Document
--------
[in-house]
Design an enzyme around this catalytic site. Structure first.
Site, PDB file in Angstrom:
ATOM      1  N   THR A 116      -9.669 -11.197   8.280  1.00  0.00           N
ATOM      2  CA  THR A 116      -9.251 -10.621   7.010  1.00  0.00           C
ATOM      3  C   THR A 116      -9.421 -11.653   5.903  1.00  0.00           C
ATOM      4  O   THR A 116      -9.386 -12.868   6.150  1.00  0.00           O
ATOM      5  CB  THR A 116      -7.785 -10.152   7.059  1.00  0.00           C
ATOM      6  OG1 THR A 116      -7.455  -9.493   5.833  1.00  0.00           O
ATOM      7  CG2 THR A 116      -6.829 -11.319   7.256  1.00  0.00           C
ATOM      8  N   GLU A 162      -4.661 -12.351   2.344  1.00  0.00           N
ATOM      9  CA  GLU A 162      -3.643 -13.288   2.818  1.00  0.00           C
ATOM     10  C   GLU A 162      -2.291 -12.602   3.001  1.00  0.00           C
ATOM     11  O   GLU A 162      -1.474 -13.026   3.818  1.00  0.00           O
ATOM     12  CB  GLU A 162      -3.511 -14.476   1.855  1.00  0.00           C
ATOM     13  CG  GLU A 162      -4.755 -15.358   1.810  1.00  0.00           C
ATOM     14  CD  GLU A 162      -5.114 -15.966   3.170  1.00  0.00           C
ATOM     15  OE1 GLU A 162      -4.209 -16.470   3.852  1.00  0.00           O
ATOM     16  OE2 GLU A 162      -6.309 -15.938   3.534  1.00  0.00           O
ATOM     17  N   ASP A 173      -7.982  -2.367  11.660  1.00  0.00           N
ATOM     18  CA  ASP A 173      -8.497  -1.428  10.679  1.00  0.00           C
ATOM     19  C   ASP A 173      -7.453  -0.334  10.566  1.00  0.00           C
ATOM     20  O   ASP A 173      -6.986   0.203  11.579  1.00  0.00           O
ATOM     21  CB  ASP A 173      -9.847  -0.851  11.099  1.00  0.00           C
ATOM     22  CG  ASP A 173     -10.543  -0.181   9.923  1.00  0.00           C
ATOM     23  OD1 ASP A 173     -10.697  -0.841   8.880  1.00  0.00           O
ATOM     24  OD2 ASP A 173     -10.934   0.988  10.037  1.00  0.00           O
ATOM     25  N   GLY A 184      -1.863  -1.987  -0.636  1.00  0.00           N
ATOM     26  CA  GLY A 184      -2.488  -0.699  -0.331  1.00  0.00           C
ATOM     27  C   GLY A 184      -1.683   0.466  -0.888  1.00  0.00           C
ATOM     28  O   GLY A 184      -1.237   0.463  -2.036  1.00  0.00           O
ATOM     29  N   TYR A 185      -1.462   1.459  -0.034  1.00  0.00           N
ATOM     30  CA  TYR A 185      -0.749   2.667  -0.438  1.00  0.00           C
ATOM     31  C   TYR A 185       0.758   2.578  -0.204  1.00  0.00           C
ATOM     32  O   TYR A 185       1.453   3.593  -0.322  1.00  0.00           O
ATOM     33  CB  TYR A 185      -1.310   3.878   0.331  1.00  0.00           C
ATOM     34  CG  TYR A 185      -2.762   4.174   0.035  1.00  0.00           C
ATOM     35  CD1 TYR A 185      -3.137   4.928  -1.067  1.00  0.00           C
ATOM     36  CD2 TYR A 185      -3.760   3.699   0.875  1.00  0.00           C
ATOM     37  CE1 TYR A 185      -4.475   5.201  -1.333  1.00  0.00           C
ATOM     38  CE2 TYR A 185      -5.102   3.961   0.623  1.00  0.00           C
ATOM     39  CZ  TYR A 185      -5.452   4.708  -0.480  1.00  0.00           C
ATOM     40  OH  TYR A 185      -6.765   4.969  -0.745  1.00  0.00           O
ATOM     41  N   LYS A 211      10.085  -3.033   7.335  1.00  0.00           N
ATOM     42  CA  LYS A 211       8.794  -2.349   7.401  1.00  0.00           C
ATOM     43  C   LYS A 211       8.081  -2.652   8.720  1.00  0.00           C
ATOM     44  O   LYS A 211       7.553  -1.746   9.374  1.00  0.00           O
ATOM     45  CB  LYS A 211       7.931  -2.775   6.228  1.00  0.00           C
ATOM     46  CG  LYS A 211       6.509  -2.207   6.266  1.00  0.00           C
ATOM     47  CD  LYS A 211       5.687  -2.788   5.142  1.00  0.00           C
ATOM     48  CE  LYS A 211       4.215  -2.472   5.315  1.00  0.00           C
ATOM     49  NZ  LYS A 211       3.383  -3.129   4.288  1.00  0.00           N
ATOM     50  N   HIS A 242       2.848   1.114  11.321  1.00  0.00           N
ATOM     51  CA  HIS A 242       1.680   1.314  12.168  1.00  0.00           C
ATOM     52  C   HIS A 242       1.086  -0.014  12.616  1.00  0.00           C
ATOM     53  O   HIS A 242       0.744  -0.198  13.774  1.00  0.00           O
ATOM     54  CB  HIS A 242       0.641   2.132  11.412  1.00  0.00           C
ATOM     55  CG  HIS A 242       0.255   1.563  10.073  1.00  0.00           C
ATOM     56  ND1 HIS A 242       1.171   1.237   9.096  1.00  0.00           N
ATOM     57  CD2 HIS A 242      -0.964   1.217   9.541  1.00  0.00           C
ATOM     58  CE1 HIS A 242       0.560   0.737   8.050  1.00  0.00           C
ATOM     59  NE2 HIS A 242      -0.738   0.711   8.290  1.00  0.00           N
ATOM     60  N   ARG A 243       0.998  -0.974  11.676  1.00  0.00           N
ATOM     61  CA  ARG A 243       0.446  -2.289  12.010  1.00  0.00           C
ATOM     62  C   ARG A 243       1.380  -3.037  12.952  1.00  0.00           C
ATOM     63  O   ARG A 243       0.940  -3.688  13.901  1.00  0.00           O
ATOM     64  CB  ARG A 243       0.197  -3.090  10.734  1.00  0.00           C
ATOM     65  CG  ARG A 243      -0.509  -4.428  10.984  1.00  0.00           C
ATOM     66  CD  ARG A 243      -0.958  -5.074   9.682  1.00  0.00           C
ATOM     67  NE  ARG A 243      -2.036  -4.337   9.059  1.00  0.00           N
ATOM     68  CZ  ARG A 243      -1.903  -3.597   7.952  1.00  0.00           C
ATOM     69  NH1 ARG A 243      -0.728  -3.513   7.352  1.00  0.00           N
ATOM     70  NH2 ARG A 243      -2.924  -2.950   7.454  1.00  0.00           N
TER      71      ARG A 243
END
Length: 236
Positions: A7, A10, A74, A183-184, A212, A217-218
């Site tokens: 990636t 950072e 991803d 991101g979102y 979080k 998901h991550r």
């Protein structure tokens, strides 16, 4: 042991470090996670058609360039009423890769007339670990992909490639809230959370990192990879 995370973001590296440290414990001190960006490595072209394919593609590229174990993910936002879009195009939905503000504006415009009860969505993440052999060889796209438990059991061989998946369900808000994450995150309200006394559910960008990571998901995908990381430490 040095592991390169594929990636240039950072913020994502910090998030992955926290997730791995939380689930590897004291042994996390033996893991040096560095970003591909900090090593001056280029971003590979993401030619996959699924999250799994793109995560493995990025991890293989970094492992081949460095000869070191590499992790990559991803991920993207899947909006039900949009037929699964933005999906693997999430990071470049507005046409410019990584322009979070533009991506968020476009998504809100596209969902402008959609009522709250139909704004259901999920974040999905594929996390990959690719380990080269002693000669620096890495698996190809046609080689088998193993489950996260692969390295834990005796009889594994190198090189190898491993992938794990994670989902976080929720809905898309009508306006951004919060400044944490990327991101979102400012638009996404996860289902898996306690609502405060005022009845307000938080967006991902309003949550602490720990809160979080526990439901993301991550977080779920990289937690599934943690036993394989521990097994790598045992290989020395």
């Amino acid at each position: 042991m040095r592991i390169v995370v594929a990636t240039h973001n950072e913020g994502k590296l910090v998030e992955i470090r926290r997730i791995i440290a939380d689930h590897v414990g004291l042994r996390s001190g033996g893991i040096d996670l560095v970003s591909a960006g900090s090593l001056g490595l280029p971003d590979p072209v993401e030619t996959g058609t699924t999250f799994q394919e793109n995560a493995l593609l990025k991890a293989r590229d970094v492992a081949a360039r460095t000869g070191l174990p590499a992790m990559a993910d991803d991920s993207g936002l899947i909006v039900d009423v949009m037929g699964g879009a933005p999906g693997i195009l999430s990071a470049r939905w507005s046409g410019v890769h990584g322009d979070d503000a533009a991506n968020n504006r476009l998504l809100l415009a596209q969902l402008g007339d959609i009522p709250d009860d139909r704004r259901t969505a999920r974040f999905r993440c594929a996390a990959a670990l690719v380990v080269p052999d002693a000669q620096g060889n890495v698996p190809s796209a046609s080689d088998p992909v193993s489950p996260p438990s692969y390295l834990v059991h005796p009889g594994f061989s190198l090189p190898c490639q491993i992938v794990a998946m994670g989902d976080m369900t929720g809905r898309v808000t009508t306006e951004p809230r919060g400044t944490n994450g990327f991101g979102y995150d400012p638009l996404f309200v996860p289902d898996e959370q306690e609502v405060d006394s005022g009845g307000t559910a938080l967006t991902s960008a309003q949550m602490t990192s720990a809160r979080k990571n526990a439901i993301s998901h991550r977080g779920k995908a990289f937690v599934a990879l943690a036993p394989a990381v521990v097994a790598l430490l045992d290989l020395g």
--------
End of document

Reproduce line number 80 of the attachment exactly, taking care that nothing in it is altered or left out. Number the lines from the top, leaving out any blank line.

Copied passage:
């Amino acid at each position: 042991m040095r592991i390169v995370v594929a990636t240039h973001n950072e913020g994502k590296l910090v998030e992955i470090r926290r997730i791995i440290a939380d689930h590897v414990g004291l042994r996390s001190g033996g893991i040096d996670l560095v970003s591909a960006g900090s090593l001056g490595l280029p971003d590979p072209v993401e030619t996959g058609t699924t999250f799994q394919e793109n995560a493995l593609l990025k991890a293989r590229d970094v492992a081949a360039r460095t000869g070191l174990p590499a992790m990559a993910d991803d991920s993207g936002l899947i909006v039900d009423v949009m037929g699964g879009a933005p999906g693997i195009l999430s990071a470049r939905w507005s046409g410019v890769h990584g322009d979070d503000a533009a991506n968020n504006r476009l998504l809100l415009a596209q969902l402008g007339d959609i009522p709250d009860d139909r704004r259901t969505a999920r974040f999905r993440c594929a996390a990959a670990l690719v380990v080269p052999d002693a000669q620096g060889n890495v698996p190809s796209a046609s080689d088998p992909v193993s489950p996260p438990s692969y390295l834990v059991h005796p009889g594994f061989s190198l090189p190898c490639q491993i992938v794990a998946m994670g989902d976080m369900t929720g809905r898309v808000t009508t306006e951004p809230r919060g400044t944490n994450g990327f991101g979102y995150d400012p638009l996404f309200v996860p289902d898996e959370q306690e609502v405060d006394s005022g009845g307000t559910a938080l967006t991902s960008a309003q949550m602490t990192s720990a809160r979080k990571n526990a439901i993301s998901h991550r977080g779920k995908a990289f937690v599934a990879l943690a036993p394989a990381v521990v097994a790598l430490l045992d290989l020395g």